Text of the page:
It is a good time for the independent British comedy. Earlier this year both Attack the Block and Submarine earned critical plaudits across the board, each displaying the ability to balance big laughs with a strong emotional core. Niall McCormick’s latest, Albatross looks set to continue the trend, a beautifully observed coming of age story that is sure to produce laughter and tears in equal measure.
Set in a sleepy seaside town, it tells the story of a teenager, Emelia (Jessica Brown Findlay), a school drop out, partier and aspiring writer, who gets a job as a cleaner with the uptight Fisher family and starts up a friendship with their introverted daughter Bethany (Felicity Jones), who is hoping to go to Oxford. She also takes up writing lessons with the father, Jonathan (Sebastian Koch), and an uncomfortable relationship between the two of them develops. It plays out in a rather formulaic manner, and the film contains no real surprises, but the fantastic cast and hilarious script are enough to win even the hardest cynic over.
At the centre of the film is the brilliant, fiery Jessica Brown Findlay, in her first role in a feature film (she has previously appeared in TV’s Downton Abbey). Crucially she shows the brokenness behind the the bravado, giving the scenes with her grandparents a huge emotional impact. It’s an electric performance, and in spite of Emelia’s evident flaws, it is immensely difficult not to like her as a character. Surrounding her are a clutch of equally strong turns, most notably Julia Ormond as the stressed and forgotten mother, imbuing the role with an essential sympathy when she could have just been shrewish.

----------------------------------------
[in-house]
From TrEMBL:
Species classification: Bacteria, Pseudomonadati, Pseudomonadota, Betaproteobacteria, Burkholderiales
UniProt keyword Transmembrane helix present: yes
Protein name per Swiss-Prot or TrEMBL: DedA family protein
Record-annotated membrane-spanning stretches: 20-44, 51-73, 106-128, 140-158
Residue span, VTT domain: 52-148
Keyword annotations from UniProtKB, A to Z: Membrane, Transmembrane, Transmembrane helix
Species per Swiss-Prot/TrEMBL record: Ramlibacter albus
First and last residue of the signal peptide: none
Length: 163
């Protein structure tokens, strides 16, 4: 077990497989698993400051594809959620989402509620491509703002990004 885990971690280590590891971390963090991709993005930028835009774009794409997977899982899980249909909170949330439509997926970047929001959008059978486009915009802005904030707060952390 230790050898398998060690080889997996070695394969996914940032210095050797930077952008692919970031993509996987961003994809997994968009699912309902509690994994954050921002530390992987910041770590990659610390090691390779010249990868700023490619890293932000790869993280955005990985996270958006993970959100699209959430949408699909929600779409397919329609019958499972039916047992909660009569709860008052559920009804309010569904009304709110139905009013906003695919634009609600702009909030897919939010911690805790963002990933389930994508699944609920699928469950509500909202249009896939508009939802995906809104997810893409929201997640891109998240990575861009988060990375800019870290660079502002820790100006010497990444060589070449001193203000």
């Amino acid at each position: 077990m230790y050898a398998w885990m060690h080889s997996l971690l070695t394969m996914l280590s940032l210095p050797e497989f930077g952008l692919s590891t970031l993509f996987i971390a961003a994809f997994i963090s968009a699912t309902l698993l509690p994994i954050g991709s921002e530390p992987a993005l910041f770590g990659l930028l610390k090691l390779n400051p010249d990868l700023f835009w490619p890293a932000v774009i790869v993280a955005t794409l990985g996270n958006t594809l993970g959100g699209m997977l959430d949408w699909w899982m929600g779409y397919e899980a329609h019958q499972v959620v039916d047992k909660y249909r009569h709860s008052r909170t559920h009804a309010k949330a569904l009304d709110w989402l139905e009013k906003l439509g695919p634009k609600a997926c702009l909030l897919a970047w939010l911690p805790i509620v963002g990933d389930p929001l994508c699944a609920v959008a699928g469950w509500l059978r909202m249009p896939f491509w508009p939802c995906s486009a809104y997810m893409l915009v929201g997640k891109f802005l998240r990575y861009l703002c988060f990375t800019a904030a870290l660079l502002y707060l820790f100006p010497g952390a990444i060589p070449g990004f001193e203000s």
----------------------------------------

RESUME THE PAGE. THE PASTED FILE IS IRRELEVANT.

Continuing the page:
Warm, winning and very funny, Albatross is a resounding success that benefits greatly from a screenplay that moves between funny and heartbreaking seamlessly. Tamzin Rafn wrote it on weekends over the course of three months, working full time during the weeks. Such dedication and heart for the film really shines on the big screen, and in a world dominated by glossy yet soulless blockbusters, this small film is a diamond in the rough. It may not be perfect, but as you laugh and cry at all it has to offer, you probably won’t care.
It may not get a particularly wide release, so do your best to seek this film out. British Independent Cinema is thriving at the moment, and this is playing just a small part in this renaissance. It’s out in cinemas on October 14th.